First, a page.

Divorcing a Husband or Wife with a Mental Illness

Aug 07, 2023   ·   5 minute read
Divorcing a Husband or Wife with a Mental Illness

If your husband or wife has mental health issues it is natural to be concerned about whether you can get divorced and the impact of the divorce proceedings on your spouse.

In this blog, our North West divorce solicitors examine the difficult topic of starting divorce proceedings where your husband or wife suffers from a mental health illness.

For expert family law advice call our team or complete our online enquiry form.

Starting divorce proceedings when a spouse is mentally unwell

If your husband or wife is mentally unwell it may have nothing to do with the reasons behind your decision to separate or it may be a contributing cause. Divorce solicitors always recommend that before divorce proceedings are started you take the time to reflect on the reasons for marital difficulties and to see if the problems can be resolved. For example, through couple or individual counselling, a spouse sticking to a medication regime, or other strategies.

If a marriage has irretrievably broken down then it is right to be concerned about the impact of divorce proceedings on your husband or wife if they are unwell. Making sure they have access to support from friends or family or professional help from a counsellor is a good starting point.

Whilst divorce proceedings may sound stressful the reality is that getting divorced does not involve going to a court hearing or needing to blame your husband or wife for the marriage breakdown in the court paperwork. That’s because, with the introduction of no-fault divorce proceedings, there is no need to say why you want to get divorced. All you need to do is file an application (either jointly with your spouse or on your own) and then follow the new divorce court process to secure a final order of divorce.

Mental capacity, divorce, and family law proceedings

If your husband or wife is going through a mental health crisis there may be a question mark about their ability to make decisions within family court proceedings, such as your divorce application, negotiating a financial settlement, or responding to your application for a child arrangement order.

Your husband or wife may not have what is referred to as the ‘mental capacity’ to make decisions. In other words, they cannot understand the decisions they are making or the impact of their decisions. If this issue is raised then a medical professional will need to see if the person has capacity.

Mental capacity is not straight forward as a person may not have capacity even though they are living at home whilst someone who is sectioned in a hospital may have the capacity to play a part in court proceedings.

Mental capacity can be affected by a whole host of conditions such as a diagnosed mental health condition ( for example, schizophrenia or personality disorder) or severe alcohol or drug abuse, or through a physical condition that may impact capacity, such as a stroke or seizure.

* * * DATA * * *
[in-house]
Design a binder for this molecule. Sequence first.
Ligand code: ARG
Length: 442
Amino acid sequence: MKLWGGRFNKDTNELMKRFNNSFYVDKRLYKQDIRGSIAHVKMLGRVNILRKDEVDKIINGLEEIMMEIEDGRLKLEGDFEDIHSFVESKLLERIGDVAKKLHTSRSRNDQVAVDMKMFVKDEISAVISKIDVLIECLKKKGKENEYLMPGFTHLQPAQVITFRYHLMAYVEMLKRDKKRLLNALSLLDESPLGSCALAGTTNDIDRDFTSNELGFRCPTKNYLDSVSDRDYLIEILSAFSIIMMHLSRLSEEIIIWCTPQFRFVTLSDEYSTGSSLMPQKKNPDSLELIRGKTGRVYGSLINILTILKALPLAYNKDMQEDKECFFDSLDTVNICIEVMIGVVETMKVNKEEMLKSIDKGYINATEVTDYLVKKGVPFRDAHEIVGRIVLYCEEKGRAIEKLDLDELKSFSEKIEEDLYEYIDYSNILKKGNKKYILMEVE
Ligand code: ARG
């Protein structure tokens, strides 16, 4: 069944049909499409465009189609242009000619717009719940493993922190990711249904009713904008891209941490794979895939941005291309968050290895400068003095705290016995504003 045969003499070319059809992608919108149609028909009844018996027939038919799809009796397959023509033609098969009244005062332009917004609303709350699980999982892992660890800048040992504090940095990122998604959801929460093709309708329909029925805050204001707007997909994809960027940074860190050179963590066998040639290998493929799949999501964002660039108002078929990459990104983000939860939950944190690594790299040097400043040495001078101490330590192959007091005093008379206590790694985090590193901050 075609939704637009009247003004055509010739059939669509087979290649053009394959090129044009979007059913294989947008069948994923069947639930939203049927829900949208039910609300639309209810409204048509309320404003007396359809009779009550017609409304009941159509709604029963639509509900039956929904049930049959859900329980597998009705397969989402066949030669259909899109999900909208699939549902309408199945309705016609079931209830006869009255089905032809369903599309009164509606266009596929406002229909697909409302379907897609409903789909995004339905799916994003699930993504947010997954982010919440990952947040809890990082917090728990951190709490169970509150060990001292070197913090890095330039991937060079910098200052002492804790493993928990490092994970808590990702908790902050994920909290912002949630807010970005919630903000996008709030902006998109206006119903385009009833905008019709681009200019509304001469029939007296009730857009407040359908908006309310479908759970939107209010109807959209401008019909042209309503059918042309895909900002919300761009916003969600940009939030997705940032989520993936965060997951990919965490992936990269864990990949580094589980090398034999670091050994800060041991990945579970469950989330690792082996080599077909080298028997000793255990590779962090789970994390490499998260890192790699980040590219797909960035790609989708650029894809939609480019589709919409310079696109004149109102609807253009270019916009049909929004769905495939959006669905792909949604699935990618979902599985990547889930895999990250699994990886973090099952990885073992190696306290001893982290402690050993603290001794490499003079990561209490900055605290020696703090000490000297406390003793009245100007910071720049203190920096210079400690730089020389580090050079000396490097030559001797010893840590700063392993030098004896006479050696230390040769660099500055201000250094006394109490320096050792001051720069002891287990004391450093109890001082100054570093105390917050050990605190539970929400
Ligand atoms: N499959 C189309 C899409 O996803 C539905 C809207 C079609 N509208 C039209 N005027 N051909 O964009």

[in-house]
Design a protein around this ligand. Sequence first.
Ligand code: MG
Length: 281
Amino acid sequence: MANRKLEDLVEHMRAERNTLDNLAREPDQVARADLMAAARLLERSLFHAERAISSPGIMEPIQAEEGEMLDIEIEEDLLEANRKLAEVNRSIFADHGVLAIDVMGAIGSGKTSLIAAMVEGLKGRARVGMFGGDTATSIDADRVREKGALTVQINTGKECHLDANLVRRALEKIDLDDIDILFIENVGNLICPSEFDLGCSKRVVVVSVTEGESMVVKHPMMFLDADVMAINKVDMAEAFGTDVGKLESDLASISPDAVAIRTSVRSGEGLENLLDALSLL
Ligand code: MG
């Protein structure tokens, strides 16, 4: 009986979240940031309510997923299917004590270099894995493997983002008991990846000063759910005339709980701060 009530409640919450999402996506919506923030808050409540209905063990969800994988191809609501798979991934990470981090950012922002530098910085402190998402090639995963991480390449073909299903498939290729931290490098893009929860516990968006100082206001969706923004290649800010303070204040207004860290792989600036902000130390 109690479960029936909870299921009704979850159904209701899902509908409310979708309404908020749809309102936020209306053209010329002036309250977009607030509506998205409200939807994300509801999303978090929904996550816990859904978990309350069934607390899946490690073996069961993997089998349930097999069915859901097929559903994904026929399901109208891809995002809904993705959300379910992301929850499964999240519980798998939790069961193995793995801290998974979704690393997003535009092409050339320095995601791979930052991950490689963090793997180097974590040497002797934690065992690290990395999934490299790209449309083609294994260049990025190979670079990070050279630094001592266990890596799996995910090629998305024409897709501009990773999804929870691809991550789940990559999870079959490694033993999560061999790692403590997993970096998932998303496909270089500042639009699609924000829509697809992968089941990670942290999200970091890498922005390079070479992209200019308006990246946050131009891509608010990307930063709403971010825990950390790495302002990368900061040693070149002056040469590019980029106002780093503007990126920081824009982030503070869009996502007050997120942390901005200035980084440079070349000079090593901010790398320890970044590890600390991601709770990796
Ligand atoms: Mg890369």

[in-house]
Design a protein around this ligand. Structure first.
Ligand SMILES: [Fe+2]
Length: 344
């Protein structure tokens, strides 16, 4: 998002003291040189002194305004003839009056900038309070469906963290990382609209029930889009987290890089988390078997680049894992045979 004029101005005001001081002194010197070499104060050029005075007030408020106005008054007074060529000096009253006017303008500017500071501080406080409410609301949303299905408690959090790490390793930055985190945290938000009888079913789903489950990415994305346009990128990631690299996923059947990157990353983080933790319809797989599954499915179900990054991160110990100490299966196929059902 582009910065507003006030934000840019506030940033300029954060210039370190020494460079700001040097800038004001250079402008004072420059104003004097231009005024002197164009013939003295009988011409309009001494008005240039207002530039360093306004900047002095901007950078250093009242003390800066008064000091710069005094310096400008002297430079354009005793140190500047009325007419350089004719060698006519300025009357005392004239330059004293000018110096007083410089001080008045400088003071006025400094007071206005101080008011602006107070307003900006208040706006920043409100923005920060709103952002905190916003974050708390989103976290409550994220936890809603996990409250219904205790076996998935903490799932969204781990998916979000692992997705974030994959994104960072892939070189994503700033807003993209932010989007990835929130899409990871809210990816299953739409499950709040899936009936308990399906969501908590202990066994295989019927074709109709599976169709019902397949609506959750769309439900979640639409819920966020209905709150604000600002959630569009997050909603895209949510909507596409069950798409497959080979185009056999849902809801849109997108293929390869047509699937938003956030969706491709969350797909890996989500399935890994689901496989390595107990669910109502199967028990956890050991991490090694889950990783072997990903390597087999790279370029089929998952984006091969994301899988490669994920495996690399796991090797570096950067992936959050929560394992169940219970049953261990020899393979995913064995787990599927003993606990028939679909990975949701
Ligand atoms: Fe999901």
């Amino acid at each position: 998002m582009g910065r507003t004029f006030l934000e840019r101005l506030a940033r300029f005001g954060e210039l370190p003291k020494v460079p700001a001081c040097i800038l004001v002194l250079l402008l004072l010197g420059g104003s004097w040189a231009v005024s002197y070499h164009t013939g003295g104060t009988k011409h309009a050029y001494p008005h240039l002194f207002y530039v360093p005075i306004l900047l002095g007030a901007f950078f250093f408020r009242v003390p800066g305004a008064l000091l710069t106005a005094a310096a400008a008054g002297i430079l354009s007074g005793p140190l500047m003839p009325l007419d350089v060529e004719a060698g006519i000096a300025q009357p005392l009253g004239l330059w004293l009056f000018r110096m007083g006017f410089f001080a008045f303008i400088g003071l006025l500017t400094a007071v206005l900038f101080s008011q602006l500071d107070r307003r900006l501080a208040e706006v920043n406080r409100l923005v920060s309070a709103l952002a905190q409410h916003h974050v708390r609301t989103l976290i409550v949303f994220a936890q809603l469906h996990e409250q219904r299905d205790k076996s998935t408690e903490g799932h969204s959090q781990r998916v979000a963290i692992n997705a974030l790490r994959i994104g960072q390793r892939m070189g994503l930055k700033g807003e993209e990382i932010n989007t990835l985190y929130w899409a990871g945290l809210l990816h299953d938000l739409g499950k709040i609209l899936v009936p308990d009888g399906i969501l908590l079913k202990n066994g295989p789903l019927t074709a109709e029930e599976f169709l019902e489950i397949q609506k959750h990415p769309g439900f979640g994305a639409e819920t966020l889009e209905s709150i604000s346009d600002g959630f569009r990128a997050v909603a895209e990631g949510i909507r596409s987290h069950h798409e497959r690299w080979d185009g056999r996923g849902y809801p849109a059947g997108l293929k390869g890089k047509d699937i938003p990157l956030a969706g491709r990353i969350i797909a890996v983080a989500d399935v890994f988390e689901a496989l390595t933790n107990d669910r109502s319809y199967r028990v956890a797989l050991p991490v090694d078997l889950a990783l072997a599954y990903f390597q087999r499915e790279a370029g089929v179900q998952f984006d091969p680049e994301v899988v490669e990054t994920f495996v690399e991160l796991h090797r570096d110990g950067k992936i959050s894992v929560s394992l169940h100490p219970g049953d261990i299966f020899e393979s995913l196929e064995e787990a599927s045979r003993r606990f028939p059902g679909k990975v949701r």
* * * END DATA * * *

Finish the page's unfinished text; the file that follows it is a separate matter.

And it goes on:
A loss of mental capacity can be temporary in nature or permanent, depending on the nature and the severity of the condition.

Assessing mental capacity

Mental capacity is assessed by looking at whether your spouse has an impairment of their mind and if the condition means they are unable to make specific decisions when they need to. To be judged capable of making a decision your husband or wife needs to be able to understand the information they are being given, retain the information, and then be able to weigh it up to make a decision.

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Litigation friends and family law proceedings

If your husband or wife does not have the mental capacity to make decisions in divorce, financial settlement, or child arrangement order proceedings you can still go ahead and make your application but your spouse will need to be protected by the court appointing a person to act as their litigation friend.

You can not be appointed as their litigation friend as there would be a conflict of interests but a friend of your spouse or a family member could be appointed. Their job is to talk to the person who does not have capacity, to instruct their family law solicitor, and to act in their best interests. For example, your husband or wife may say that you can have everything (the family home, business, pension, and savings) but their litigation friend should be looking at what would be a fair financial settlement for both of you as your spouse will need somewhere to live and the means to support themselves.

If no family member or friend can act as a litigation friend, then the Official Solicitor may be appointed as your spouse’s litigation friend. The appointment of any litigation friend will end if a spouse can show that they have regained their mental capacity.

Divorcing a husband or wife with a mental illness

Divorcing a husband or wife who suffers from mental illness brings added stress for you. Sometimes it can feel as if your mental well-being is being ignored because your ex-partner’s needs are so great. At other times, you may be caught up in feelings of guilt or anger. You may have felt driven to start a divorce or commence financial settlement proceedings or be experiencing distress because you have applied for a child arrangement order as you are concerned about your ex-partner’s behaviour towards your child.

Whatever the reasons behind your emotional stressors, it is important that you have the right support behind you, including help from a specialist divorce solicitor with experience in advising those caught up in family law proceedings where one husband or wife suffers from a mental illness or is experiencing a mental health crisis.

For expert family law advice call our team or complete our online enquiry form.